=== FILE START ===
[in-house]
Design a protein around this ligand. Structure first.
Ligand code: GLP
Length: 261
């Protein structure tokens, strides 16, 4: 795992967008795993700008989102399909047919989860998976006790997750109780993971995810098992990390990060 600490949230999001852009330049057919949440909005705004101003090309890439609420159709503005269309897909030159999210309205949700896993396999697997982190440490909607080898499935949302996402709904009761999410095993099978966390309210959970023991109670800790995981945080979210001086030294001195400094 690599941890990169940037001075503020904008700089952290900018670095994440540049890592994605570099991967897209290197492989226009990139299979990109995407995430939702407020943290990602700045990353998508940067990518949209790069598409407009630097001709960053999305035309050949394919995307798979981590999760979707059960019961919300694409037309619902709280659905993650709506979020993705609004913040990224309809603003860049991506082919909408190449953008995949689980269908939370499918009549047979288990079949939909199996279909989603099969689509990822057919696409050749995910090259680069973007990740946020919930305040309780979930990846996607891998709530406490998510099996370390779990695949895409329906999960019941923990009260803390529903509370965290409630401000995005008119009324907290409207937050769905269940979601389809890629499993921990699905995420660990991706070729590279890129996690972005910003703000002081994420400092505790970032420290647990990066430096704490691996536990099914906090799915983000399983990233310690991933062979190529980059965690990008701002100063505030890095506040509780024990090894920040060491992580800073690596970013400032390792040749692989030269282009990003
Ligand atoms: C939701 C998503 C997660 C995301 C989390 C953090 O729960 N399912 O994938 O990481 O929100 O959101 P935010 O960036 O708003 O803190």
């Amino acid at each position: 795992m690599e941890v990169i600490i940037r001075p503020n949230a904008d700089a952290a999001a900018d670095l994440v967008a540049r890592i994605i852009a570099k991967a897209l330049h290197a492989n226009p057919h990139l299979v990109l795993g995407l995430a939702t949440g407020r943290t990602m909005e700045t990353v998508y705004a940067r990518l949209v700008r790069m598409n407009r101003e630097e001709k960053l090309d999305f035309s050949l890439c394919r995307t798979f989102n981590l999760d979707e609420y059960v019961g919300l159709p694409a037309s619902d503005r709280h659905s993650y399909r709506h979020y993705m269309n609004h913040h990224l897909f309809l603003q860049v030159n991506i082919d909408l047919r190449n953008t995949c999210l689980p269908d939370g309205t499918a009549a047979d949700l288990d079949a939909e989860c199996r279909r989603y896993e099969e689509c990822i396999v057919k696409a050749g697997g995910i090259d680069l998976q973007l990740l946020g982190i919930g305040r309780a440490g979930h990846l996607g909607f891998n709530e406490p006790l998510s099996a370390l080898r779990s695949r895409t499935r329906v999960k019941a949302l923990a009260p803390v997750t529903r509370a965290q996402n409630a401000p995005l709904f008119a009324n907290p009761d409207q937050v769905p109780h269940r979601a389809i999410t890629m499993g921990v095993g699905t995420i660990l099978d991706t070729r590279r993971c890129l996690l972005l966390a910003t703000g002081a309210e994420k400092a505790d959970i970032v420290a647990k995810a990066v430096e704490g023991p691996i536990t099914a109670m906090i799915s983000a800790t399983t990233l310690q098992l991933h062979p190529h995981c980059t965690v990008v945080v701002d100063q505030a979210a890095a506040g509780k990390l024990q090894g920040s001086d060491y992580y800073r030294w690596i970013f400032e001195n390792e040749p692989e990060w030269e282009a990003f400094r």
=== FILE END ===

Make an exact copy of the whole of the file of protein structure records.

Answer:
[in-house]
Design a protein around this ligand. Structure first.
Ligand code: GLP
Length: 261
């Protein structure tokens, strides 16, 4: 795992967008795993700008989102399909047919989860998976006790997750109780993971995810098992990390990060 600490949230999001852009330049057919949440909005705004101003090309890439609420159709503005269309897909030159999210309205949700896993396999697997982190440490909607080898499935949302996402709904009761999410095993099978966390309210959970023991109670800790995981945080979210001086030294001195400094 690599941890990169940037001075503020904008700089952290900018670095994440540049890592994605570099991967897209290197492989226009990139299979990109995407995430939702407020943290990602700045990353998508940067990518949209790069598409407009630097001709960053999305035309050949394919995307798979981590999760979707059960019961919300694409037309619902709280659905993650709506979020993705609004913040990224309809603003860049991506082919909408190449953008995949689980269908939370499918009549047979288990079949939909199996279909989603099969689509990822057919696409050749995910090259680069973007990740946020919930305040309780979930990846996607891998709530406490998510099996370390779990695949895409329906999960019941923990009260803390529903509370965290409630401000995005008119009324907290409207937050769905269940979601389809890629499993921990699905995420660990991706070729590279890129996690972005910003703000002081994420400092505790970032420290647990990066430096704490691996536990099914906090799915983000399983990233310690991933062979190529980059965690990008701002100063505030890095506040509780024990090894920040060491992580800073690596970013400032390792040749692989030269282009990003
Ligand atoms: C939701 C998503 C997660 C995301 C989390 C953090 O729960 N399912 O994938 O990481 O929100 O959101 P935010 O960036 O708003 O803190």
């Amino acid at each position: 795992m690599e941890v990169i600490i940037r001075p503020n949230a904008d700089a952290a999001a900018d670095l994440v967008a540049r890592i994605i852009a570099k991967a897209l330049h290197a492989n226009p057919h990139l299979v990109l795993g995407l995430a939702t949440g407020r943290t990602m909005e700045t990353v998508y705004a940067r990518l949209v700008r790069m598409n407009r101003e630097e001709k960053l090309d999305f035309s050949l890439c394919r995307t798979f989102n981590l999760d979707e609420y059960v019961g919300l159709p694409a037309s619902d503005r709280h659905s993650y399909r709506h979020y993705m269309n609004h913040h990224l897909f309809l603003q860049v030159n991506i082919d909408l047919r190449n953008t995949c999210l689980p269908d939370g309205t499918a009549a047979d949700l288990d079949a939909e989860c199996r279909r989603y896993e099969e689509c990822i396999v057919k696409a050749g697997g995910i090259d680069l998976q973007l990740l946020g982190i919930g305040r309780a440490g979930h990846l996607g909607f891998n709530e406490p006790l998510s099996a370390l080898r779990s695949r895409t499935r329906v999960k019941a949302l923990a009260p803390v997750t529903r509370a965290q996402n409630a401000p995005l709904f008119a009324n907290p009761d409207q937050v769905p109780h269940r979601a389809i999410t890629m499993g921990v095993g699905t995420i660990l099978d991706t070729r590279r993971c890129l996690l972005l966390a910003t703000g002081a309210e994420k400092a505790d959970i970032v420290a647990k995810a990066v430096e704490g023991p691996i536990t099914a109670m906090i799915s983000a800790t399983t990233l310690q098992l991933h062979p190529h995981c980059t965690v990008v945080v701002d100063q505030a979210a890095a506040g509780k990390l024990q090894g920040s001086d060491y992580y800073r030294w690596i970013f400032e001195n390792e040749p692989e990060w030269e282009a990003f400094r």